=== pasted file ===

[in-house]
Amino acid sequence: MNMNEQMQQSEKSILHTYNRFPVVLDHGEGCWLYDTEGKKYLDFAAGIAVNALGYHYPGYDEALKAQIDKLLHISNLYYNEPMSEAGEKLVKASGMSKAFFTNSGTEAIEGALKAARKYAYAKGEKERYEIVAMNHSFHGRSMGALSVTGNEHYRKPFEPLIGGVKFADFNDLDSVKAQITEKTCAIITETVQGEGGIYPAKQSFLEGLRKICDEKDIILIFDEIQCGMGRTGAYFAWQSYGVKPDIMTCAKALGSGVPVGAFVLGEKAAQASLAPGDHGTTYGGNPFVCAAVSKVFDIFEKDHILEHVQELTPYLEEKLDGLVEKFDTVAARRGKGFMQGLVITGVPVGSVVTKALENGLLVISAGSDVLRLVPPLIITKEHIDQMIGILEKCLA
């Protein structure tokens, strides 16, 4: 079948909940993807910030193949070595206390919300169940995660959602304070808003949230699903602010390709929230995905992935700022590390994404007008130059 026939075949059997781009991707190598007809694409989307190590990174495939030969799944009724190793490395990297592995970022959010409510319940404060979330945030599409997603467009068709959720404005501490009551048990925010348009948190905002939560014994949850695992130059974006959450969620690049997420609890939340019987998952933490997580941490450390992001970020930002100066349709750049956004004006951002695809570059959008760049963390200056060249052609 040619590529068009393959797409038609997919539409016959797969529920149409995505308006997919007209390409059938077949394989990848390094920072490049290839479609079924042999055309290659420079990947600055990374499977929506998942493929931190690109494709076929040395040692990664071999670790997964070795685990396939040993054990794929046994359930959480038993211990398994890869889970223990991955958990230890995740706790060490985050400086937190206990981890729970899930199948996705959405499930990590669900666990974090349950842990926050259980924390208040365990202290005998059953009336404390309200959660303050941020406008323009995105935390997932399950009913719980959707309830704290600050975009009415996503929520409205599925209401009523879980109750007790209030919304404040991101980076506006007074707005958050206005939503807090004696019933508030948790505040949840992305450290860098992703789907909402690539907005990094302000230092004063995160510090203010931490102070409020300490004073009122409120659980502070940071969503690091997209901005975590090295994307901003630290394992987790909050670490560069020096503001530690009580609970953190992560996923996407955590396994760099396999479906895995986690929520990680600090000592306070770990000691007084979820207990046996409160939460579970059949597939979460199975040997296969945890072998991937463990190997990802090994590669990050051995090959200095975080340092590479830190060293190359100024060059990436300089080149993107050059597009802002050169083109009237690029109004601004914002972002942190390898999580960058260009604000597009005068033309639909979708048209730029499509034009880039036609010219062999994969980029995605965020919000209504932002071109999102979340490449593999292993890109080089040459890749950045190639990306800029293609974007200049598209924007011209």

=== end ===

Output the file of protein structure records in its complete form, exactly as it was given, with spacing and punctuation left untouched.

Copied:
[in-house]
Amino acid sequence: MNMNEQMQQSEKSILHTYNRFPVVLDHGEGCWLYDTEGKKYLDFAAGIAVNALGYHYPGYDEALKAQIDKLLHISNLYYNEPMSEAGEKLVKASGMSKAFFTNSGTEAIEGALKAARKYAYAKGEKERYEIVAMNHSFHGRSMGALSVTGNEHYRKPFEPLIGGVKFADFNDLDSVKAQITEKTCAIITETVQGEGGIYPAKQSFLEGLRKICDEKDIILIFDEIQCGMGRTGAYFAWQSYGVKPDIMTCAKALGSGVPVGAFVLGEKAAQASLAPGDHGTTYGGNPFVCAAVSKVFDIFEKDHILEHVQELTPYLEEKLDGLVEKFDTVAARRGKGFMQGLVITGVPVGSVVTKALENGLLVISAGSDVLRLVPPLIITKEHIDQMIGILEKCLA
């Protein structure tokens, strides 16, 4: 079948909940993807910030193949070595206390919300169940995660959602304070808003949230699903602010390709929230995905992935700022590390994404007008130059 026939075949059997781009991707190598007809694409989307190590990174495939030969799944009724190793490395990297592995970022959010409510319940404060979330945030599409997603467009068709959720404005501490009551048990925010348009948190905002939560014994949850695992130059974006959450969620690049997420609890939340019987998952933490997580941490450390992001970020930002100066349709750049956004004006951002695809570059959008760049963390200056060249052609 040619590529068009393959797409038609997919539409016959797969529920149409995505308006997919007209390409059938077949394989990848390094920072490049290839479609079924042999055309290659420079990947600055990374499977929506998942493929931190690109494709076929040395040692990664071999670790997964070795685990396939040993054990794929046994359930959480038993211990398994890869889970223990991955958990230890995740706790060490985050400086937190206990981890729970899930199948996705959405499930990590669900666990974090349950842990926050259980924390208040365990202290005998059953009336404390309200959660303050941020406008323009995105935390997932399950009913719980959707309830704290600050975009009415996503929520409205599925209401009523879980109750007790209030919304404040991101980076506006007074707005958050206005939503807090004696019933508030948790505040949840992305450290860098992703789907909402690539907005990094302000230092004063995160510090203010931490102070409020300490004073009122409120659980502070940071969503690091997209901005975590090295994307901003630290394992987790909050670490560069020096503001530690009580609970953190992560996923996407955590396994760099396999479906895995986690929520990680600090000592306070770990000691007084979820207990046996409160939460579970059949597939979460199975040997296969945890072998991937463990190997990802090994590669990050051995090959200095975080340092590479830190060293190359100024060059990436300089080149993107050059597009802002050169083109009237690029109004601004914002972002942190390898999580960058260009604000597009005068033309639909979708048209730029499509034009880039036609010219062999994969980029995605965020919000209504932002071109999102979340490449593999292993890109080089040459890749950045190639990306800029293609974007200049598209924007011209």